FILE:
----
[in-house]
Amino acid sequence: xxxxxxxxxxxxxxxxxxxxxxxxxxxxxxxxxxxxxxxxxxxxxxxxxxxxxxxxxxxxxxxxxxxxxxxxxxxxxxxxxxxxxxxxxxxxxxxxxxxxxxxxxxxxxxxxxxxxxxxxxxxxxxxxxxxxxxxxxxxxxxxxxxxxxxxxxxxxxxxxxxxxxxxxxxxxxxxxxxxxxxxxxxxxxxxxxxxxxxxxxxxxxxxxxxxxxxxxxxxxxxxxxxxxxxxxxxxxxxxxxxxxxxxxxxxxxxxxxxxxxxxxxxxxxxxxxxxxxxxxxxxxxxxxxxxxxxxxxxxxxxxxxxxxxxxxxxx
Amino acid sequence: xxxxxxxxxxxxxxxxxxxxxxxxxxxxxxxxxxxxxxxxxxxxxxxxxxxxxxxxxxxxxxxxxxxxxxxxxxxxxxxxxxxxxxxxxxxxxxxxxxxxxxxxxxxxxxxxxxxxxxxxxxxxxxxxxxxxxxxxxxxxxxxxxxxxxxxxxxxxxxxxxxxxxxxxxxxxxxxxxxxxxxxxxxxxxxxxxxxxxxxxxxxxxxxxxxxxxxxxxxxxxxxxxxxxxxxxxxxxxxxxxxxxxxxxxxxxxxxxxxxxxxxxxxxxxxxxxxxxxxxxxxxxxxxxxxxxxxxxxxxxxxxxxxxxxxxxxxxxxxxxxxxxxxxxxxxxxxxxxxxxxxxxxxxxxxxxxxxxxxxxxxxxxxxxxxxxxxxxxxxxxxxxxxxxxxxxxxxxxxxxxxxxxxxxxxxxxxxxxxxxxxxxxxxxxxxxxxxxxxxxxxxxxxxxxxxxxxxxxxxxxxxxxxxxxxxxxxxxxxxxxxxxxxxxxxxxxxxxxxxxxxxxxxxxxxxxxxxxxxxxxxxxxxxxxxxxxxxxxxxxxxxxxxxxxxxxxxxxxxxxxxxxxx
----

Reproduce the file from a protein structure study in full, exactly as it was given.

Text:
[in-house]
Amino acid sequence: xxxxxxxxxxxxxxxxxxxxxxxxxxxxxxxxxxxxxxxxxxxxxxxxxxxxxxxxxxxxxxxxxxxxxxxxxxxxxxxxxxxxxxxxxxxxxxxxxxxxxxxxxxxxxxxxxxxxxxxxxxxxxxxxxxxxxxxxxxxxxxxxxxxxxxxxxxxxxxxxxxxxxxxxxxxxxxxxxxxxxxxxxxxxxxxxxxxxxxxxxxxxxxxxxxxxxxxxxxxxxxxxxxxxxxxxxxxxxxxxxxxxxxxxxxxxxxxxxxxxxxxxxxxxxxxxxxxxxxxxxxxxxxxxxxxxxxxxxxxxxxxxxxxxxxxxxxx
Amino acid sequence: xxxxxxxxxxxxxxxxxxxxxxxxxxxxxxxxxxxxxxxxxxxxxxxxxxxxxxxxxxxxxxxxxxxxxxxxxxxxxxxxxxxxxxxxxxxxxxxxxxxxxxxxxxxxxxxxxxxxxxxxxxxxxxxxxxxxxxxxxxxxxxxxxxxxxxxxxxxxxxxxxxxxxxxxxxxxxxxxxxxxxxxxxxxxxxxxxxxxxxxxxxxxxxxxxxxxxxxxxxxxxxxxxxxxxxxxxxxxxxxxxxxxxxxxxxxxxxxxxxxxxxxxxxxxxxxxxxxxxxxxxxxxxxxxxxxxxxxxxxxxxxxxxxxxxxxxxxxxxxxxxxxxxxxxxxxxxxxxxxxxxxxxxxxxxxxxxxxxxxxxxxxxxxxxxxxxxxxxxxxxxxxxxxxxxxxxxxxxxxxxxxxxxxxxxxxxxxxxxxxxxxxxxxxxxxxxxxxxxxxxxxxxxxxxxxxxxxxxxxxxxxxxxxxxxxxxxxxxxxxxxxxxxxxxxxxxxxxxxxxxxxxxxxxxxxxxxxxxxxxxxxxxxxxxxxxxxxxxxxxxxxxxxxxxxxxxxxxxxxxxxxxxxx